Reduce bounce rate
Visitors will abandon a website for many reasons. The most common reasons can be mitigated by making sure your keywords are relevant to your site's content, the site loads quickly, and making sure visitors do not experience errors when landing on the page. Complying with the accessibility standards will improve user experience and reduce bounce rates.
Other best practices to lower bounce rate through UX and SEO are:
- Content organization, colour contrast, font size, bullet lists
- Quality content with keywords that are relevant, images, tags
- Various landing pages to allow various types of organic traffic to land on relevant pages based on the keywords used to direct different traffic
- Meta descriptions that draw people to your site in search results
Site navigation will affect the number of people that will convert once they land on your website. Having a site that is not easy to use will negatively impact UX and SEO. If your site is easy to use, you will see an increase in the number of page visits, session times, and higher ranking.
A few best practices to consider:
- Be clear and descriptive where each item leads
- Insert a powerful search functionality like Apache Solr on Drupal websites to allow for greater specificity in the user's search
- Add a navigation menu on each page in case people do not land on your homepage
- Ensure a mobile-first digital solution to ensure site navigational functions are quick and easy to use
Not to be confused with bounce rate, they are both dependent on “hits” or user interactions with a page. The more value you add to your page through engaging content, the more time people will spend exploring your site improving both UX and SEO simultaneously.
Using tools such as Google Analytics, you can monitor the session time of each visitor. If you notice that people are not staying on your pages very long, try making sure that:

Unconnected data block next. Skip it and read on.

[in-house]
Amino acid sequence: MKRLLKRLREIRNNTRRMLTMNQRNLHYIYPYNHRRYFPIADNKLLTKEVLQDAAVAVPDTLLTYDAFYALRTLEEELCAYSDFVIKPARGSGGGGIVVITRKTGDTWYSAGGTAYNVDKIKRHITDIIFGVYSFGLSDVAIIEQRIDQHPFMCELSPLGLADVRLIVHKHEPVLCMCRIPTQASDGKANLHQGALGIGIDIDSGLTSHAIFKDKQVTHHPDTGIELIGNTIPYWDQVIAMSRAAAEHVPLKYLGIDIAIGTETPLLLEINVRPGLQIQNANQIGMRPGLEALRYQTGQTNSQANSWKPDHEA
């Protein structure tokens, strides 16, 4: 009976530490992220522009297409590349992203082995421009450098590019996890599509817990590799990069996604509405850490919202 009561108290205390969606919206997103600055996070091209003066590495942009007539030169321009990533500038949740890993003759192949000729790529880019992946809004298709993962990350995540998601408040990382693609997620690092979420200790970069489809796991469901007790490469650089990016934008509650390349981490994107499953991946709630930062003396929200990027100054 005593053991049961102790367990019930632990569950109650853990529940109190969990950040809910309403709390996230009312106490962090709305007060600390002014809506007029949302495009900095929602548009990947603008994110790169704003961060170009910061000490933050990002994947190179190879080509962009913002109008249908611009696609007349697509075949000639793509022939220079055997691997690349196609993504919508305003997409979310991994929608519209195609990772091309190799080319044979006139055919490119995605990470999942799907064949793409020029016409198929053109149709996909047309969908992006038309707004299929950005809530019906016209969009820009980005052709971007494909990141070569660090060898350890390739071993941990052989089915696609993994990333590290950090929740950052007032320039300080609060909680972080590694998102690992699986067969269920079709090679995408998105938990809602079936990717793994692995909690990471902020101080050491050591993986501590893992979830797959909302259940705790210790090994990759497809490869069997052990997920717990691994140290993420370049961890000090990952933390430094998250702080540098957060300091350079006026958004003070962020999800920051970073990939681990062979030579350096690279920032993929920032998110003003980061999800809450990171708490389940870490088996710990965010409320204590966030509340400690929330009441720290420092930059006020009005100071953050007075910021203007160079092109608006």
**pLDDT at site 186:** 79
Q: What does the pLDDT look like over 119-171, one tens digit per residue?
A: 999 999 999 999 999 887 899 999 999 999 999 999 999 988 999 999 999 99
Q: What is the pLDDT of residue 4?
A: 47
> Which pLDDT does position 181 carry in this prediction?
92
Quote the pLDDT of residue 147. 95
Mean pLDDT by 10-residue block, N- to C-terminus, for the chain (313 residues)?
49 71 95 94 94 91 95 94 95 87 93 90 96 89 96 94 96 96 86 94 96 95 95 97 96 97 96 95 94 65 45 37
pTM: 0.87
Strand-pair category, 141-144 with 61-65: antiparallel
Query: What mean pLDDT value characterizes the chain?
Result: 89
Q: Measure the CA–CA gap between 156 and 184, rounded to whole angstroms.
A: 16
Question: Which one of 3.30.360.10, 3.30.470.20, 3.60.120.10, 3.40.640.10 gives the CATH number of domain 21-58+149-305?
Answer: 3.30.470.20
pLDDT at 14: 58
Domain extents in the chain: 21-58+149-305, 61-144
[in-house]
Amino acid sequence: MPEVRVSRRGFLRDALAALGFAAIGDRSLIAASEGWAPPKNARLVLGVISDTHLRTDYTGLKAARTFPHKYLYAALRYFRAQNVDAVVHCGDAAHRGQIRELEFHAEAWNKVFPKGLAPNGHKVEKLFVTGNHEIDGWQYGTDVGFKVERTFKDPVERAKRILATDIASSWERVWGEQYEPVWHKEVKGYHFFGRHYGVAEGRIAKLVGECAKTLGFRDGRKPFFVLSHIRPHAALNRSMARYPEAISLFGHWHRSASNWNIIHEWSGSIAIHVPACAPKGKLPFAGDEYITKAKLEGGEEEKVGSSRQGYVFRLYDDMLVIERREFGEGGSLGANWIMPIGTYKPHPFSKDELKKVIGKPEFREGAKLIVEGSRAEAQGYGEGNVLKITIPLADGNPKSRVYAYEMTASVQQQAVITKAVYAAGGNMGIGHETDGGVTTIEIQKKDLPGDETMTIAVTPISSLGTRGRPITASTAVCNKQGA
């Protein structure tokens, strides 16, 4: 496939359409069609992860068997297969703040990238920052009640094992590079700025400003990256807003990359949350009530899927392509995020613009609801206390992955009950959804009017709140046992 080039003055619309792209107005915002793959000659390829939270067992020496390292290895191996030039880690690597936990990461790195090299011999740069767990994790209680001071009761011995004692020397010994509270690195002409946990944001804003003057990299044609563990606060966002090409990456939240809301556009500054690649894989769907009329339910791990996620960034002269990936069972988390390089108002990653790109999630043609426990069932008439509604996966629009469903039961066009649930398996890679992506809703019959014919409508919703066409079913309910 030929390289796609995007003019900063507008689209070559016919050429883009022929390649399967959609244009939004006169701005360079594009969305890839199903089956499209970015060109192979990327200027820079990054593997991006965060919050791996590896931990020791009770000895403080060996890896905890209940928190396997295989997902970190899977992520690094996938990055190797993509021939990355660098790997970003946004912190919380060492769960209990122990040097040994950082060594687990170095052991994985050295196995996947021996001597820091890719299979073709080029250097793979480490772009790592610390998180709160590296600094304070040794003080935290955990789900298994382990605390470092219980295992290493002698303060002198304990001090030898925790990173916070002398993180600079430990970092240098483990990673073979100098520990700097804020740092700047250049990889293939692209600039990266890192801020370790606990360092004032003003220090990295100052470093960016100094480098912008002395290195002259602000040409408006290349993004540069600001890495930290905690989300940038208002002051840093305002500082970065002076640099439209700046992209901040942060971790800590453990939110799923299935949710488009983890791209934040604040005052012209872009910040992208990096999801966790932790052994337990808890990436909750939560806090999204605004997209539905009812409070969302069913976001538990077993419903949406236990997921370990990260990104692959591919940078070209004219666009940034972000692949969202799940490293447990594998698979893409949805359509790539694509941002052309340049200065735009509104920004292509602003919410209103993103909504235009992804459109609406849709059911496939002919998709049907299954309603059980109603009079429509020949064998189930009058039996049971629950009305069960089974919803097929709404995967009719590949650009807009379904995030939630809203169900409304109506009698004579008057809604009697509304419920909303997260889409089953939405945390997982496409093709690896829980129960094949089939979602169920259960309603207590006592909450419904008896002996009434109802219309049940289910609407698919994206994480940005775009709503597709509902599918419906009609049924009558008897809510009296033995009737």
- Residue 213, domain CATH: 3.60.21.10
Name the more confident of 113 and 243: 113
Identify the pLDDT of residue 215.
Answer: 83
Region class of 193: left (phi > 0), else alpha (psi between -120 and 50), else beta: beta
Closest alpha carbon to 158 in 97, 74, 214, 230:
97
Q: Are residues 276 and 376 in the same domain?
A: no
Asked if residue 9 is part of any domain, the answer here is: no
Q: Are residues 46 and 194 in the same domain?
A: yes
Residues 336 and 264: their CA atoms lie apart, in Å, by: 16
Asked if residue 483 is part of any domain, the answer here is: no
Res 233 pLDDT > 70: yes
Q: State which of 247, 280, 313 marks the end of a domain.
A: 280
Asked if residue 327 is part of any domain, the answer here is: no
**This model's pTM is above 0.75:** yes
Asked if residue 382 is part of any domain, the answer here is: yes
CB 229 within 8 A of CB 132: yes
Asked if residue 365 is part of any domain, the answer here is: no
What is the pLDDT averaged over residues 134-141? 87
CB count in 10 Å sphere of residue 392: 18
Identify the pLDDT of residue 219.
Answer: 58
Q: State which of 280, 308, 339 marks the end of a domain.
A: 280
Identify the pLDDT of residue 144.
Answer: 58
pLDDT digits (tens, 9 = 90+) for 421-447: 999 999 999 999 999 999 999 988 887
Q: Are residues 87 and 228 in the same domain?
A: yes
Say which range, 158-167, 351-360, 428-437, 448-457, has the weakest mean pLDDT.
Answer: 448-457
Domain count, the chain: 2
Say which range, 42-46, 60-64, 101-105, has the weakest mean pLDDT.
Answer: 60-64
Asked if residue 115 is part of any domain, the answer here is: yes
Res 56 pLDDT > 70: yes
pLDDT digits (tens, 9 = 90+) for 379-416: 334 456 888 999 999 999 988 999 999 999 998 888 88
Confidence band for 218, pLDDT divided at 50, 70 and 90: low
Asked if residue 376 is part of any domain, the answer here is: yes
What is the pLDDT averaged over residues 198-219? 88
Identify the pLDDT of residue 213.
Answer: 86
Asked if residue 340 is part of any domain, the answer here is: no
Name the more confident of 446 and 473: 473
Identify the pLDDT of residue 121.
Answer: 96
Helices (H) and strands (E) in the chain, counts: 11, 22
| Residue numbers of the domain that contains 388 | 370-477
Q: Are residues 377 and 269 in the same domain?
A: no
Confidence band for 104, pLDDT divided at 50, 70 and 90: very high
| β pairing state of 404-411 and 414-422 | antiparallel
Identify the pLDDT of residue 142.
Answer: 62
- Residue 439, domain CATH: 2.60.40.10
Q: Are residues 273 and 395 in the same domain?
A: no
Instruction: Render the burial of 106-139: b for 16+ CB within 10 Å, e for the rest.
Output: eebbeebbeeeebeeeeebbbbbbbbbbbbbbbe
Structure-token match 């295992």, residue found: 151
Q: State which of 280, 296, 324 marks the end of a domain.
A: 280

- Call to action buttons are legible and clear
- The home page is reachable from the landing page
- Keywords pertain to your services
It’s important to test features on your site to assess what your visitors enjoy. If you find any discrepancies, it's possible to make the best UX or SEO decisions based on the data collected.
The point of no return
Search engines, as well as UX and SEO, have progressed to the point where your users expect a stunningly visual and easily navigable website, alongside creative, thought-provoking and relevant information they are searching for. It is no longer enough to deliver content that fails to leverage proper UX and SEO practices.
Before the days when genuine thought-provoking content creation was rewarded, it was common practice to engage in SEO tactics such as keyword stuffing and meta tag bombarding to drive more traffic to your site.
A user’s digital experience should be continuously evaluated to ensure proper UX alongside SEO. This is accomplished by modifying content as well as code to increase your web pages’ relevance to certain keywords.
Final thoughts on UX & SEO
The things that positively or negatively impact UX will almost always impact SEO in a corresponding way. SEO practitioner Rand Fishkin sums it up perfectly:
“We don't live in a world where we have the luxury of thinking about just user experience or just SEO. The two share many of the same spaces online, working in tandem and sometimes even clashing.”
Now, more than ever, its imperative that any myths regarding UX and SEO controversies be dispelled. Informed and intelligent users are bringing rise to greater importance on expanding what UX and SEO truly means.
SEO practices have to evolve as we progress forward in our digital universe. UX has to do the same in order to continue to push the envelope of what is expected.